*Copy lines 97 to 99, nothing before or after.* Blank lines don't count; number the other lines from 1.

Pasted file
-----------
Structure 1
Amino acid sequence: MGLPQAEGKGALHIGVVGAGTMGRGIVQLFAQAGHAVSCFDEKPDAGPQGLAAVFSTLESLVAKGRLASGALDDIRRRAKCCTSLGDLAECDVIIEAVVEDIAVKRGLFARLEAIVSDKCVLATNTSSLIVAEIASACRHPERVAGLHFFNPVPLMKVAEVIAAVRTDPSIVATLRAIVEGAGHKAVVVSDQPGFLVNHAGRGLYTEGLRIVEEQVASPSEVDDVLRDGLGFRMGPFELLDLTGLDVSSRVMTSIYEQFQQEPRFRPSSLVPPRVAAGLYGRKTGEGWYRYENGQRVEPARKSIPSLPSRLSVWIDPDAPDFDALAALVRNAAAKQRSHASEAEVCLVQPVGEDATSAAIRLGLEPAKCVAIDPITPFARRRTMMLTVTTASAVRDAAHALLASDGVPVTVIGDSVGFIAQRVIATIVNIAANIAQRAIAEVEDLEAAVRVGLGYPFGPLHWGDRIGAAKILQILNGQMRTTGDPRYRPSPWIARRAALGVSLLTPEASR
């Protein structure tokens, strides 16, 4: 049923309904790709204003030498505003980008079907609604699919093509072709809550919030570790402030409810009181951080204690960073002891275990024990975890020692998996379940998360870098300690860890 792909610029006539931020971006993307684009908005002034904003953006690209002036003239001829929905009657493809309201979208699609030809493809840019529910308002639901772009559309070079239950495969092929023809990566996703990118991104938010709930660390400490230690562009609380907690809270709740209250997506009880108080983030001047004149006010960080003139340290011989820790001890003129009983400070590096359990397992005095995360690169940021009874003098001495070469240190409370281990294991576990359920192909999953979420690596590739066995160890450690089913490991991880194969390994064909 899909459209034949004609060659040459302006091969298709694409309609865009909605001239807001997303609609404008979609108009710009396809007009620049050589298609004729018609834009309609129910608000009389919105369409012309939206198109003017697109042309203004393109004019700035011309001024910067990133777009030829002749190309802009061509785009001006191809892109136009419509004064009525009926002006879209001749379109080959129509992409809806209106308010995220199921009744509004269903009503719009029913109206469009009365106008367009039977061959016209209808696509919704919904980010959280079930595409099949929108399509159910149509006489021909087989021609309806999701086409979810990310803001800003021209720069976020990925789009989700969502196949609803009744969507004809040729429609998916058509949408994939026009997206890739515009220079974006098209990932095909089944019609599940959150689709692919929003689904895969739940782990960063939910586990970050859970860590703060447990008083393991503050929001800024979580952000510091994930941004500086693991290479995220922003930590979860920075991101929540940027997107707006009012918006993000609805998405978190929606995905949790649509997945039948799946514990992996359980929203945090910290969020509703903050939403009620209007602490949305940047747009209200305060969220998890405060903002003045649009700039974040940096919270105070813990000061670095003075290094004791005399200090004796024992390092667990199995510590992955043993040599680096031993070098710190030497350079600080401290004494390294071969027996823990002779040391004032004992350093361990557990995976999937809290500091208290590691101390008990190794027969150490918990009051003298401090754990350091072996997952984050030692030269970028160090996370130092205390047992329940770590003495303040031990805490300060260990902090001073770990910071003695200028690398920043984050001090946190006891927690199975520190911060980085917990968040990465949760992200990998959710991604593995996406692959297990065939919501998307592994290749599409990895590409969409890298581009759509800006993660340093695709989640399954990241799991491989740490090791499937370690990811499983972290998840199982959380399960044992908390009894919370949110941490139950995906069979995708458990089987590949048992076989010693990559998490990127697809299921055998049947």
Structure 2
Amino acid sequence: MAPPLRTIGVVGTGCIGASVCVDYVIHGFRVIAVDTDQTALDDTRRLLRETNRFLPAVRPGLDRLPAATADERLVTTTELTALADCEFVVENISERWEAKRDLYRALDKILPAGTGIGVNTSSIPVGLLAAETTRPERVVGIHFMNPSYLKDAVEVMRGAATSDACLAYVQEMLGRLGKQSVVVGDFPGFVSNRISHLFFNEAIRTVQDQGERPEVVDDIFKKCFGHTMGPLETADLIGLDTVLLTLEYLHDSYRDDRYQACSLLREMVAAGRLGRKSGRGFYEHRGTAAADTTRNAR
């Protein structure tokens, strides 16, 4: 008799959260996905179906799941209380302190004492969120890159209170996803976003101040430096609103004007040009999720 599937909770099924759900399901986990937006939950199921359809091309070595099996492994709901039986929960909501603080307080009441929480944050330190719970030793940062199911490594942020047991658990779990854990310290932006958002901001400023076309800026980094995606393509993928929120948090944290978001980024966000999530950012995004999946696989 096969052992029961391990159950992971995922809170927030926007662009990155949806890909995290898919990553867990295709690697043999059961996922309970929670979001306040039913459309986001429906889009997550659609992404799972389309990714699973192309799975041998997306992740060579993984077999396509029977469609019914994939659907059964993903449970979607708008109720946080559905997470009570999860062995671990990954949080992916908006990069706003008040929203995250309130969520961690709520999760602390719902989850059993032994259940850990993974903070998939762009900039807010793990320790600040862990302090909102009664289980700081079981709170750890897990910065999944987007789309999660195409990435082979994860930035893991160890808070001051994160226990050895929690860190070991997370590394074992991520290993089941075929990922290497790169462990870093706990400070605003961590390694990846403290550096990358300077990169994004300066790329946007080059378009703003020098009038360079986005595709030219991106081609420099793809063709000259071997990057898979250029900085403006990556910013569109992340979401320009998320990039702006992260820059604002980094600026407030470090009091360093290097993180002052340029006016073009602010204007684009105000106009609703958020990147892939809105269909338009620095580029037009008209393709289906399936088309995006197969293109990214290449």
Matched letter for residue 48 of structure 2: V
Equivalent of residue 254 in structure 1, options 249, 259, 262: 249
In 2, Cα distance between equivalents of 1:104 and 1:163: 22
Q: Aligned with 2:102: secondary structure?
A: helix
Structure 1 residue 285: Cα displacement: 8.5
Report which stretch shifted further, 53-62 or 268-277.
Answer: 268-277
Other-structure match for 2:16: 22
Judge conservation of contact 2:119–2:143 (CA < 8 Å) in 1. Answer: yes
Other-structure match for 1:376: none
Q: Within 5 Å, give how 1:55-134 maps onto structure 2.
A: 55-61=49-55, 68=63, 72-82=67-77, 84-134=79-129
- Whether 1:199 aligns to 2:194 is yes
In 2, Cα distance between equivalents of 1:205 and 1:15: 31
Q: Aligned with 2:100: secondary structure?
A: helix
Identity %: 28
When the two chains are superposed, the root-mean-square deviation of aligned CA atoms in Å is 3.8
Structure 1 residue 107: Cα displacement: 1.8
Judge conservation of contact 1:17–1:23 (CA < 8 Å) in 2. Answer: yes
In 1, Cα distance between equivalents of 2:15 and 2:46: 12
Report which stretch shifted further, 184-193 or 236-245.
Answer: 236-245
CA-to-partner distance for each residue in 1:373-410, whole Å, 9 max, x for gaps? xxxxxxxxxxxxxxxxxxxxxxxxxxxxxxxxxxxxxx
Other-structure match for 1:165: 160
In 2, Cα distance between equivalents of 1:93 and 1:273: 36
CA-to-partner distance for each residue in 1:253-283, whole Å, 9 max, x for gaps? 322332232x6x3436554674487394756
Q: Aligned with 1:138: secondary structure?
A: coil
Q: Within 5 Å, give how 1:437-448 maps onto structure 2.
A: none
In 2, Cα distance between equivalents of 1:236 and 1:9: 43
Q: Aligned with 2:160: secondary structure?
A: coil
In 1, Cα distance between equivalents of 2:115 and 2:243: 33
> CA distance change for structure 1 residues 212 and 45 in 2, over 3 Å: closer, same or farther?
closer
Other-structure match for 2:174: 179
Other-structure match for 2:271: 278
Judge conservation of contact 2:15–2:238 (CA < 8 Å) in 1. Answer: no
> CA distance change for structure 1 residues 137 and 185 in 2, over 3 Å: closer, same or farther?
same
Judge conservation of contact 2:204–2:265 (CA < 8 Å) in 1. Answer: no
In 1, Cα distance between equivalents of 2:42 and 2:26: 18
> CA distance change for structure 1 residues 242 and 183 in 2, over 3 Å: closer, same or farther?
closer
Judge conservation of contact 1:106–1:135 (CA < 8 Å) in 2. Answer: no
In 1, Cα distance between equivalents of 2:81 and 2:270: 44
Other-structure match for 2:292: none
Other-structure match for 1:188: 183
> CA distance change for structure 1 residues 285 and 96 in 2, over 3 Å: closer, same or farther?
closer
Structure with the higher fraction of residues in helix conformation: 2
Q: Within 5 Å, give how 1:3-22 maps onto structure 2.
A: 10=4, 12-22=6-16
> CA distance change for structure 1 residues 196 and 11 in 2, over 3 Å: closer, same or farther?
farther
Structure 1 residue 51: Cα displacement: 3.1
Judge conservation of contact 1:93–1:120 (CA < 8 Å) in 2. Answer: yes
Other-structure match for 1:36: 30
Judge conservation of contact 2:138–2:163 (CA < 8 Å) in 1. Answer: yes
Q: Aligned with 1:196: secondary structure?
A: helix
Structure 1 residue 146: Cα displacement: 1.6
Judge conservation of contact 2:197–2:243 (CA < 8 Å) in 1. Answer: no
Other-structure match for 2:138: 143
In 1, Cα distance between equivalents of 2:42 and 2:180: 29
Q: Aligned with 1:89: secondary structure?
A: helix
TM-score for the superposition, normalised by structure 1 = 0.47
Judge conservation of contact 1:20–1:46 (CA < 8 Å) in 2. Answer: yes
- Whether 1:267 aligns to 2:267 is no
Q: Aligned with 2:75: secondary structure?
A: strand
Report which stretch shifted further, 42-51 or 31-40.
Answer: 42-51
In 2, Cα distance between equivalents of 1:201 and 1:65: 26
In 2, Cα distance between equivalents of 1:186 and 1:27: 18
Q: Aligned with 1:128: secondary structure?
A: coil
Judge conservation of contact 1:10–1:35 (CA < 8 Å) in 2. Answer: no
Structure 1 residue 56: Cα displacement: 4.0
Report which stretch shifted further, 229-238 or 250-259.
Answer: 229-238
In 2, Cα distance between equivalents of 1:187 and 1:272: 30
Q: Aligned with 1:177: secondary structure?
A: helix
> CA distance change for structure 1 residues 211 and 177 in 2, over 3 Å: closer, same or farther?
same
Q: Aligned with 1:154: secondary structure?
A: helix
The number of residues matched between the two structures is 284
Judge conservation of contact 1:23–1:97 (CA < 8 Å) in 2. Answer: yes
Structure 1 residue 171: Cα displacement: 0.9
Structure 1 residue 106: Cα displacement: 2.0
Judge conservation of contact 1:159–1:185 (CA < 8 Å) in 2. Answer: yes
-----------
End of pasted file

Q: Aligned with 1:154: secondary structure?
A: helix
The number of residues matched between the two structures is 284